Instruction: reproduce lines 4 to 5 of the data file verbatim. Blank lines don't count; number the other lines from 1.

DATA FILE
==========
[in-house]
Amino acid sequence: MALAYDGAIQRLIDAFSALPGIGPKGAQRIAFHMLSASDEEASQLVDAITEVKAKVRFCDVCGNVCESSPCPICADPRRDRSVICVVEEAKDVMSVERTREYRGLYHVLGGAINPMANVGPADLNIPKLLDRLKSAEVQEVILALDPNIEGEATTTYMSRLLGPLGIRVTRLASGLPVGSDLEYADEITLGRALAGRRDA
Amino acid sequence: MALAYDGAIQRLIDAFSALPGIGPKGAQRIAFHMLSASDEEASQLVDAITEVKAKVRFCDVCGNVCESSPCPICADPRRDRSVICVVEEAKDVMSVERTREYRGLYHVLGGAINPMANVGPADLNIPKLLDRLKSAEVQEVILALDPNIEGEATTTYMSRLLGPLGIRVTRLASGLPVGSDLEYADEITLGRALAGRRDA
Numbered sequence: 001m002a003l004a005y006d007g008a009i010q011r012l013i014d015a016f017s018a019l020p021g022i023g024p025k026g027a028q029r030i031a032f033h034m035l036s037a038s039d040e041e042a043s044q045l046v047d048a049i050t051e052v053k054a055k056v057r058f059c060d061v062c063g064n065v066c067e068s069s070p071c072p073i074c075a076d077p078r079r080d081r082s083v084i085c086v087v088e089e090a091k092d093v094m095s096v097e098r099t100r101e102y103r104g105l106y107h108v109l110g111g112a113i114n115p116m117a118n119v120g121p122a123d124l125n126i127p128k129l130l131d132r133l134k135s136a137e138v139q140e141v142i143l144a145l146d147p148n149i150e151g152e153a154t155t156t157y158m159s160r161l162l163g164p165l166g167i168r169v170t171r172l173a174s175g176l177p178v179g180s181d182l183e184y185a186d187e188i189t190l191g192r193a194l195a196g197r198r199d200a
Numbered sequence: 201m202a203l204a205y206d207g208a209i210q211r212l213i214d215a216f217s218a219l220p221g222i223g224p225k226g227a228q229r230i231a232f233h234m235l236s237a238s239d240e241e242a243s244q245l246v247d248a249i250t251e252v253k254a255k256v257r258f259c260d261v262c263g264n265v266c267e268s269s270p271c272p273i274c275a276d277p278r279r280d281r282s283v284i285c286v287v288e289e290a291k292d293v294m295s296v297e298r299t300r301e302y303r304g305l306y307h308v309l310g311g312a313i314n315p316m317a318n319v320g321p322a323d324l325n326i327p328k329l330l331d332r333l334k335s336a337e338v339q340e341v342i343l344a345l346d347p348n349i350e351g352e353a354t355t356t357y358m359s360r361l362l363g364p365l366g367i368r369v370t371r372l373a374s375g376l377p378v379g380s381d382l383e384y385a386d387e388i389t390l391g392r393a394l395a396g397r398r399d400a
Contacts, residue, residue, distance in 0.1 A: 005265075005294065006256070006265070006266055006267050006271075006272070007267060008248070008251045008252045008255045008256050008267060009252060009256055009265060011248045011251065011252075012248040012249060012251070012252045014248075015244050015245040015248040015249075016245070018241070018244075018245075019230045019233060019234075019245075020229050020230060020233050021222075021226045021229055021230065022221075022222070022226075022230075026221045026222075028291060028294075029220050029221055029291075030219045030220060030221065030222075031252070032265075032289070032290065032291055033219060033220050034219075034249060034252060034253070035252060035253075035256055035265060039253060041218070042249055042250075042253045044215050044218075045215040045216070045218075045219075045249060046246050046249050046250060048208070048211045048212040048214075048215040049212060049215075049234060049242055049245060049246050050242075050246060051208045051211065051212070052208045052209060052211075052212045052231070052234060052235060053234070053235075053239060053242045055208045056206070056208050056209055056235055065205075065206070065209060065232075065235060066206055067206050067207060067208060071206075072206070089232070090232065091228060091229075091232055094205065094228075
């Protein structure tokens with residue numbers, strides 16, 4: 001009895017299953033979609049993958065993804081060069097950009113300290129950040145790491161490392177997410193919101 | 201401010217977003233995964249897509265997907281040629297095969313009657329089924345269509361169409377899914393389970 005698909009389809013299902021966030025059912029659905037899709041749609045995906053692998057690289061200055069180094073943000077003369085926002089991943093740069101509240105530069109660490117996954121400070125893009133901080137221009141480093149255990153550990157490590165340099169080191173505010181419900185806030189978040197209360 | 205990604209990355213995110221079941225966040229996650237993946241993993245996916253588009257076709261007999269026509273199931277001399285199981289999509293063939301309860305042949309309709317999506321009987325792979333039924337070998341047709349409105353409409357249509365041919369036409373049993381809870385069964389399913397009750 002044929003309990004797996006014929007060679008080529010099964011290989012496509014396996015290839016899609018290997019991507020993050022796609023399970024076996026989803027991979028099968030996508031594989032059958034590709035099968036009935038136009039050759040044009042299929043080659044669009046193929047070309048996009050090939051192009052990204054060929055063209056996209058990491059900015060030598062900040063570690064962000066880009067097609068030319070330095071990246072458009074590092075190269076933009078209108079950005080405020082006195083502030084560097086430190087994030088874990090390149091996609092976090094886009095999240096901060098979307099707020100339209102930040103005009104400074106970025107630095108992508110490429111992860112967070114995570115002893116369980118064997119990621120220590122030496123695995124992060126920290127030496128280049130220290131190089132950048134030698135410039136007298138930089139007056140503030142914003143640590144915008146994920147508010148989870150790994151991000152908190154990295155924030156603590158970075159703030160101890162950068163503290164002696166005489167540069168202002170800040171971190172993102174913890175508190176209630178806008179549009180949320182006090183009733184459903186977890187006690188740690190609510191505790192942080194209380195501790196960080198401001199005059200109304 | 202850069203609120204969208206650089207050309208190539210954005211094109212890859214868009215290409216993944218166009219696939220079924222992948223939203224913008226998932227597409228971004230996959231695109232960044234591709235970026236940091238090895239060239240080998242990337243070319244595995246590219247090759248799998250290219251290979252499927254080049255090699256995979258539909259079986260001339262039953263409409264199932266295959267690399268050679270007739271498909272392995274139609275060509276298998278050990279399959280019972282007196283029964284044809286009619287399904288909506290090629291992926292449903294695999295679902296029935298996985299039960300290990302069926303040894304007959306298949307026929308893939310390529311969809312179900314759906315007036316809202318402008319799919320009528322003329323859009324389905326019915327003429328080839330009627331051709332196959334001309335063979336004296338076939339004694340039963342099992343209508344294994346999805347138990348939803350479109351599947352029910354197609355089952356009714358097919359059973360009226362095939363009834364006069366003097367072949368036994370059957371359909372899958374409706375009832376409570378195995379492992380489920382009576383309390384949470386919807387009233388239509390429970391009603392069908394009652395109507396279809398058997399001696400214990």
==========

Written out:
Numbered sequence: 001m002a003l004a005y006d007g008a009i010q011r012l013i014d015a016f017s018a019l020p021g022i023g024p025k026g027a028q029r030i031a032f033h034m035l036s037a038s039d040e041e042a043s044q045l046v047d048a049i050t051e052v053k054a055k056v057r058f059c060d061v062c063g064n065v066c067e068s069s070p071c072p073i074c075a076d077p078r079r080d081r082s083v084i085c086v087v088e089e090a091k092d093v094m095s096v097e098r099t100r101e102y103r104g105l106y107h108v109l110g111g112a113i114n115p116m117a118n119v120g121p122a123d124l125n126i127p128k129l130l131d132r133l134k135s136a137e138v139q140e141v142i143l144a145l146d147p148n149i150e151g152e153a154t155t156t157y158m159s160r161l162l163g164p165l166g167i168r169v170t171r172l173a174s175g176l177p178v179g180s181d182l183e184y185a186d187e188i189t190l191g192r193a194l195a196g197r198r199d200a
Numbered sequence: 201m202a203l204a205y206d207g208a209i210q211r212l213i214d215a216f217s218a219l220p221g222i223g224p225k226g227a228q229r230i231a232f233h234m235l236s237a238s239d240e241e242a243s244q245l246v247d248a249i250t251e252v253k254a255k256v257r258f259c260d261v262c263g264n265v266c267e268s269s270p271c272p273i274c275a276d277p278r279r280d281r282s283v284i285c286v287v288e289e290a291k292d293v294m295s296v297e298r299t300r301e302y303r304g305l306y307h308v309l310g311g312a313i314n315p316m317a318n319v320g321p322a323d324l325n326i327p328k329l330l331d332r333l334k335s336a337e338v339q340e341v342i343l344a345l346d347p348n349i350e351g352e353a354t355t356t357y358m359s360r361l362l363g364p365l366g367i368r369v370t371r372l373a374s375g376l377p378v379g380s381d382l383e384y385a386d387e388i389t390l391g392r393a394l395a396g397r398r399d400a